BETHANY, W.Va. – Several Bethany College alumni attending law school recently shared their experiences and some advice with current Bethany students who are considering legal careers.

The participating alumni were: Michael Springer-Ingram ’18, University of Chicago Law; Sierra Mortimer ’20, New England School of Law; A.J. Wahlie ’18, Ohio Northern University, Pettit School of Law; Matt Jones ’18, Duquesne School of Law; Zachary Lowe ’18, Marquette University Law School; and Danielle Vealey ’18, University of Pittsburgh School of Law.

The participating alumni plan to use their legal degrees in a variety of ways, including sports and advocacy.

“Once you get the J.D., you can pretty much do anything you want,” Jones said. “It’s a really versatile degree.”
Added Vealey: “There is so much you can do. There are a lot of options for you. I do think this is a degree – and I will be in a lot of debt – that pays for itself.”

The discussion primarily focused on how law school differed from undergraduate education.

“It is the only thing that I’ve ever done that raw effort will not result in good grades,” Jones said, emphasizing the importance of knowing how to study.

Every alumnus stressed the importance of being prepared and learning time management.

“For me what’s most effective, in transitioning to law school, is learning to effectually manage your time,” Wahlie said. “Scheduling yourself and knowing what you have to do every day is super helpful.”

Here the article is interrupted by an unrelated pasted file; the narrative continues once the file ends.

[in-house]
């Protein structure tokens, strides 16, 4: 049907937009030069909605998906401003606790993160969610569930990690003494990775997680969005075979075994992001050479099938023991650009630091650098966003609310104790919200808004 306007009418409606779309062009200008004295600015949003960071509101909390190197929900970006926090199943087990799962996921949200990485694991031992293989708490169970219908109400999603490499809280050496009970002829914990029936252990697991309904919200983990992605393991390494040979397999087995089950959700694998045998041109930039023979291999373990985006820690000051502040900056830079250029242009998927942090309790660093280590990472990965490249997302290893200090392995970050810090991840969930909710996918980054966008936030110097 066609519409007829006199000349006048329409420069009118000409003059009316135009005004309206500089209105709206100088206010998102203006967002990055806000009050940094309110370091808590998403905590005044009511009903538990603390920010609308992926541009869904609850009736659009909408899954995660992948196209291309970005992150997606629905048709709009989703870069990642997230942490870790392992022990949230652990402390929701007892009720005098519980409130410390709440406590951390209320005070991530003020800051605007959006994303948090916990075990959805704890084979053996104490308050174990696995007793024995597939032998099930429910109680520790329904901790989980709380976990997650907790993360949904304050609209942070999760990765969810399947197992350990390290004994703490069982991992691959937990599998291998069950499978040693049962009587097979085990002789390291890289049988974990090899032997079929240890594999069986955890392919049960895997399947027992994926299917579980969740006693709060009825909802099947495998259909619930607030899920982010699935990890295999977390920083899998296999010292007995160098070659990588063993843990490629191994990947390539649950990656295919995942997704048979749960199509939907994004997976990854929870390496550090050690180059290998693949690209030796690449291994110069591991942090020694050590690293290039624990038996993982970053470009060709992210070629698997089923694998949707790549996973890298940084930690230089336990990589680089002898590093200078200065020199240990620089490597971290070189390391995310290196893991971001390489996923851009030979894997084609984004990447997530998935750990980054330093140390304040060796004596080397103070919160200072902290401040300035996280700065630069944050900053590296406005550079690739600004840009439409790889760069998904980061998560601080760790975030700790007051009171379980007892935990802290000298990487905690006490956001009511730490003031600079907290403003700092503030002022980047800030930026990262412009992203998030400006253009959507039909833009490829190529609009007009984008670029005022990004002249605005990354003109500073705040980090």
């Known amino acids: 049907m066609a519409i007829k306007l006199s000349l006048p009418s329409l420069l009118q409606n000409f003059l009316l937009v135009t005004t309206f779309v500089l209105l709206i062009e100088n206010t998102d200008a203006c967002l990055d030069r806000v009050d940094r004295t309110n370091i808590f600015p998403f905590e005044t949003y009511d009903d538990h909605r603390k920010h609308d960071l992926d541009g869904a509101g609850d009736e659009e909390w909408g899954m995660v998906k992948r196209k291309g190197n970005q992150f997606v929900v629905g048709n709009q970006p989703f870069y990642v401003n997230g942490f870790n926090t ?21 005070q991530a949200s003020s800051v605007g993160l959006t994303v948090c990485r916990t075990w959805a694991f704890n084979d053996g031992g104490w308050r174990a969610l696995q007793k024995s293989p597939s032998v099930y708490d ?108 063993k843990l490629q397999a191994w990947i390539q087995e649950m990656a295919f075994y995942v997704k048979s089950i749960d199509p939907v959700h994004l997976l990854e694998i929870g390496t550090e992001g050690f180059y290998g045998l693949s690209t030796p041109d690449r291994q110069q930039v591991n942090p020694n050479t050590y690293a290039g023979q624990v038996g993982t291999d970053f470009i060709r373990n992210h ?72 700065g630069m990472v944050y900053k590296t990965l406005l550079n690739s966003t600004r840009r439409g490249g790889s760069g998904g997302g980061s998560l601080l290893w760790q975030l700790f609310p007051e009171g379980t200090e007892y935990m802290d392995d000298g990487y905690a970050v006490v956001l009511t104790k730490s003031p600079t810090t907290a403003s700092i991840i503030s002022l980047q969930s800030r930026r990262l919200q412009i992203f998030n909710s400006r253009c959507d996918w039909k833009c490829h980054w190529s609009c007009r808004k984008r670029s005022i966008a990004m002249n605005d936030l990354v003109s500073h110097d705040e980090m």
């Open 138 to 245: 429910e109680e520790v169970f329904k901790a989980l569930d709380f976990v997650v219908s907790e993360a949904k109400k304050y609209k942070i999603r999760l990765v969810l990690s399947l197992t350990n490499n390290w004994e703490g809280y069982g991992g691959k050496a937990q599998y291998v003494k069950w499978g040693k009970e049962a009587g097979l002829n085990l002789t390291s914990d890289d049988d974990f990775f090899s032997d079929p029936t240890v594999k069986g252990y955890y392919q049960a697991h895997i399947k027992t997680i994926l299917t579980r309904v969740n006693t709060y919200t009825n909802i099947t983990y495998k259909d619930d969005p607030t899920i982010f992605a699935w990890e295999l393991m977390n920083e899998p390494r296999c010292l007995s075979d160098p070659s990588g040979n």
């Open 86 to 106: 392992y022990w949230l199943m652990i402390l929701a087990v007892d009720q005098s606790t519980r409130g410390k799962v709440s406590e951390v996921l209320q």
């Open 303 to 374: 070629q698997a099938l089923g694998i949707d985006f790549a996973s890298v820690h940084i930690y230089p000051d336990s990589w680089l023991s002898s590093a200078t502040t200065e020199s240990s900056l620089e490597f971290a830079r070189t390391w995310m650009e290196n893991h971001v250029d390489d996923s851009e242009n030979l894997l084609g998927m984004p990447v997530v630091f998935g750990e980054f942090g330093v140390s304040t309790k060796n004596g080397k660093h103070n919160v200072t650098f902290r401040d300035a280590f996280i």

Several of the alumni encouraged Bethany students to become “over-involved” while completing their undergraduate study as a way to successfully learn time management.

They also stressed the importance of, as a first-year law student, connecting with the upperclassmen and the professor.

The lone first-year law student on the panel encouraged prospective law students to figure what is most important to them when looking at schools.

“Do your homework about the law school you look at – the students are going to be a lot more open with you if you go on a tour,” Mortimer said.

Once you’re there, she added, “I found that most of the professors want to help you out. They want to see you learn. Do what works for you. By the end of the first semester, you will know.”


Bethany College, founded in 1840, is the oldest private college in West Virginia. The Bethany experience focuses on academic excellence in the area of liberal arts and prepares students for a lifetime of work and a life of significance.